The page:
Revamping Europe’s Tattered Social Contract

Europe's economy needs deep supply-side reforms, so that fiscal stimulus translates into sustainable long-term growth, not just temporary spurts and further increases in countries’ debt ratios. But too many call for structural reforms without specifying their content or considering the social, historical, and political context.

WASHINGTON, DC – For most of the beginning of 2014, the eurozone seemed to be in a state of recovery – weak and unsteady, but nonetheless real. In April, the International Monetary Fund estimated that overall GDP growth would reach 1.2% this year, with slowly declining unemployment, up from its previous forecast of 1% growth. With the threat of unsustainably high interest rates in the countries of the eurozone periphery having disappeared, the path to moderate recovery was supposedly open, to be followed by some acceleration in growth in 2015.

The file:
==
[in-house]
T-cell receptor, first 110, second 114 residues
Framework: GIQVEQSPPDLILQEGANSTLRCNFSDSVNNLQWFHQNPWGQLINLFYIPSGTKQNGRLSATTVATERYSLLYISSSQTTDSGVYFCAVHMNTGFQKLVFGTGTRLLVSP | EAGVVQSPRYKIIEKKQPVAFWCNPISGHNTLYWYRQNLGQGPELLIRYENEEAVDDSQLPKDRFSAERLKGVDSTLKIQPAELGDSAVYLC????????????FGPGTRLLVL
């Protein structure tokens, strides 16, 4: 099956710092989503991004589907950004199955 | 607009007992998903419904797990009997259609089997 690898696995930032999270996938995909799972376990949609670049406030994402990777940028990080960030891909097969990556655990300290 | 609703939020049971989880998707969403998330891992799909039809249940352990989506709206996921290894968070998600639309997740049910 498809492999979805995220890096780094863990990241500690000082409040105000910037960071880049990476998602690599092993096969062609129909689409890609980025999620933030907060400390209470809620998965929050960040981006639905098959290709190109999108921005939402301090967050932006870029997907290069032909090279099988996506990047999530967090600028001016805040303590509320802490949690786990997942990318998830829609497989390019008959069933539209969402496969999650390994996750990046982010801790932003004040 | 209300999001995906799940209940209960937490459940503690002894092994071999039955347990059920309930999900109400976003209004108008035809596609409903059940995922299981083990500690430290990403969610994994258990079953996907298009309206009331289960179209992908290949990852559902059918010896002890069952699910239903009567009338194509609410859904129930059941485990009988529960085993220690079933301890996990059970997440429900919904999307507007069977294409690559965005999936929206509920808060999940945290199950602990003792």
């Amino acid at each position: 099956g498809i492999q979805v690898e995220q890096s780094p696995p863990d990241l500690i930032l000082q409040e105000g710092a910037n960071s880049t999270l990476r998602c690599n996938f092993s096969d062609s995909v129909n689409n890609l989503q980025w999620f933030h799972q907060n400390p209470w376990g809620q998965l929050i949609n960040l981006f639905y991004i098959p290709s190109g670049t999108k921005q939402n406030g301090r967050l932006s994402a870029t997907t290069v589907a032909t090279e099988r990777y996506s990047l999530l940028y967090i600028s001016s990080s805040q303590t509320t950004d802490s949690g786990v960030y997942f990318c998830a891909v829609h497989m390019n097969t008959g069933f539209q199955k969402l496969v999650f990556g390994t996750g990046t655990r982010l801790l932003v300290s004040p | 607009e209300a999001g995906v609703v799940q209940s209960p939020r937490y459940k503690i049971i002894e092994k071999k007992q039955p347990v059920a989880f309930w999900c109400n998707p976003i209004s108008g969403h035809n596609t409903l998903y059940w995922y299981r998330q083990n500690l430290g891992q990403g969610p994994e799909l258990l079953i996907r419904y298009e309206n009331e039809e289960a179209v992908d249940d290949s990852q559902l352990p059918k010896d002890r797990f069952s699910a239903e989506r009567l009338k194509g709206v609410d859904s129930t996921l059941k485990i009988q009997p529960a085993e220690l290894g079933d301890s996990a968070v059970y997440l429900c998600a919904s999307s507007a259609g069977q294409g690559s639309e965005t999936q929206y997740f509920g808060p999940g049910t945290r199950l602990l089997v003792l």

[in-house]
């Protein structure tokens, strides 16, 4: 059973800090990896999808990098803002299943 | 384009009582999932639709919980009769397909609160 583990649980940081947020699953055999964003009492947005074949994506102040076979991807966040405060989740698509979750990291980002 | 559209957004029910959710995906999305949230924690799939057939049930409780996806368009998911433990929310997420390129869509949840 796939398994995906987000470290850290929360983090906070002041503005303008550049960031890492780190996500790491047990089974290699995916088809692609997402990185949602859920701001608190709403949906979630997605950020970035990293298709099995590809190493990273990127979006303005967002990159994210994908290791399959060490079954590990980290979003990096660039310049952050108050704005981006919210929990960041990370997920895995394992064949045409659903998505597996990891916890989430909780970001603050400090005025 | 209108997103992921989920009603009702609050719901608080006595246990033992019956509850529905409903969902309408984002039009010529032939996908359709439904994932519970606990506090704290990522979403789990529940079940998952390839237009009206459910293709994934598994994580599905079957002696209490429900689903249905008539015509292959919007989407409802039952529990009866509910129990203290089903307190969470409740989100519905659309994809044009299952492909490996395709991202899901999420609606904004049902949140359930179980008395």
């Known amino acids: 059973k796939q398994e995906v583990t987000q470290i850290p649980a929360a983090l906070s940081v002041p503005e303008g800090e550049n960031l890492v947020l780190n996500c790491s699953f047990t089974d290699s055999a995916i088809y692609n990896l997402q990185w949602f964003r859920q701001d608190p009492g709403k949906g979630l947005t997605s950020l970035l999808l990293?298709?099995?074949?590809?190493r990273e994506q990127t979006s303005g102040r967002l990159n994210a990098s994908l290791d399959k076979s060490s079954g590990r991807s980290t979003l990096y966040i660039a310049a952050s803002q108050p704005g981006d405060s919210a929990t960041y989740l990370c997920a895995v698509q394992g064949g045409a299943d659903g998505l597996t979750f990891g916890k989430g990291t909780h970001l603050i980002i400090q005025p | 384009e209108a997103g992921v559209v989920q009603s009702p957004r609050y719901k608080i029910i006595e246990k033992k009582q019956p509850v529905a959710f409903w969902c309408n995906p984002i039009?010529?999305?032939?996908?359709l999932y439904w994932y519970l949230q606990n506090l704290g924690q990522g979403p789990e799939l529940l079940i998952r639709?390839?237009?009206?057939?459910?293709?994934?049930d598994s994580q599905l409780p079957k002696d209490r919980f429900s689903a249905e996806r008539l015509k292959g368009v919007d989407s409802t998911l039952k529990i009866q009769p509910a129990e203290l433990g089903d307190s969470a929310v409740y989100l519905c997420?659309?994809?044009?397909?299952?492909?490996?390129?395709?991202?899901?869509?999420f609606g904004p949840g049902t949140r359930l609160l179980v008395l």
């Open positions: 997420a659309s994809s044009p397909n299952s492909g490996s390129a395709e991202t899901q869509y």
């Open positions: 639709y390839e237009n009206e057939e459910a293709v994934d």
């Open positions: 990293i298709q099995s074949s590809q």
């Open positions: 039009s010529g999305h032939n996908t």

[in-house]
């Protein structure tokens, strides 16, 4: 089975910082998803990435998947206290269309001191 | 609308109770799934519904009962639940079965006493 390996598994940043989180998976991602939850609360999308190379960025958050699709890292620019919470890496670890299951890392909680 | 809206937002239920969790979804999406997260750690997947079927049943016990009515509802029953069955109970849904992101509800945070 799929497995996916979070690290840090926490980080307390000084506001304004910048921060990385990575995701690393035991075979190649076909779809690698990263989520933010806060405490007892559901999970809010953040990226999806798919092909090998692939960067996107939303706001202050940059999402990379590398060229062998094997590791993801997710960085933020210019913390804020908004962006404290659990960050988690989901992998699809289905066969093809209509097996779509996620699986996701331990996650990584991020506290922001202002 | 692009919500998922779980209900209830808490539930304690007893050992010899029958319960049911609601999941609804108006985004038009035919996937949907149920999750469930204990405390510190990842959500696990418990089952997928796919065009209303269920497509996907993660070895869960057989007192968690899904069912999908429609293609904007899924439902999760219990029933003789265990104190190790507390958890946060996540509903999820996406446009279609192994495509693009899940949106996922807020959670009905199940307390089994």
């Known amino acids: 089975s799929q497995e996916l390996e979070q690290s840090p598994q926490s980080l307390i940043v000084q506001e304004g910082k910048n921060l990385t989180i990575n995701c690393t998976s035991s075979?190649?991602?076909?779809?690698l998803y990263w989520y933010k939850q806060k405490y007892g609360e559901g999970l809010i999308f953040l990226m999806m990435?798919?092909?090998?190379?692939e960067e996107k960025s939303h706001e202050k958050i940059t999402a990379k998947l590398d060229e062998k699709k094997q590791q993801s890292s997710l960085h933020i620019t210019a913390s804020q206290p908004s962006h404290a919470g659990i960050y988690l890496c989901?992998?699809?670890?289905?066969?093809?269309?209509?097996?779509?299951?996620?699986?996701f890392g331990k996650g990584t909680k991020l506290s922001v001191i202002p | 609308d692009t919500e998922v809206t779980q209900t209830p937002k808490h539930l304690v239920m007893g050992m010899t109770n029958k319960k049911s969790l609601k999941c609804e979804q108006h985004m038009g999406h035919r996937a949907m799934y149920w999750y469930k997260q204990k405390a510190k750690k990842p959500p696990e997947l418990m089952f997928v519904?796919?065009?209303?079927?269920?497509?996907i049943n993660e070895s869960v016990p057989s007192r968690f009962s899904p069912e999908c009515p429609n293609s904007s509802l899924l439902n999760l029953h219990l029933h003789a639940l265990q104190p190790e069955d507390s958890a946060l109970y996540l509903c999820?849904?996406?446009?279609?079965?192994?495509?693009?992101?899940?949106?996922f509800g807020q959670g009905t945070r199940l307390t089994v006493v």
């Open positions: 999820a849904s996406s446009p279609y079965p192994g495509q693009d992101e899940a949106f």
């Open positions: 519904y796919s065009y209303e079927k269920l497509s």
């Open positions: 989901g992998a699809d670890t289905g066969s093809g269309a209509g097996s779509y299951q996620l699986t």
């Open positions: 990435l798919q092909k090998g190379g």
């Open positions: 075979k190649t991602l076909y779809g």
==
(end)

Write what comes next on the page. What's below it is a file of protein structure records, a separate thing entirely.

While it is important not to overreact to quarterly figures, recent data, as well as some of the revised data for the first quarter, are deeply disappointing. The pessimism of two years ago has returned – with good reason.

Italy is in an outright recession, and, far from showing hoped-for signs of vitality. French growth is close to zero. Even Germany’s GDP declined in quarterly terms in the first half of the year. Finland, a staunch supporter of firm austerity policies, is in negative territory for the first half of the year.

To continue reading, please log in or enter your email address.

Registration is quick and easy and requires only your email address. If you already have an account with us, please log in. Or subscribe now for unlimited access.


Log in;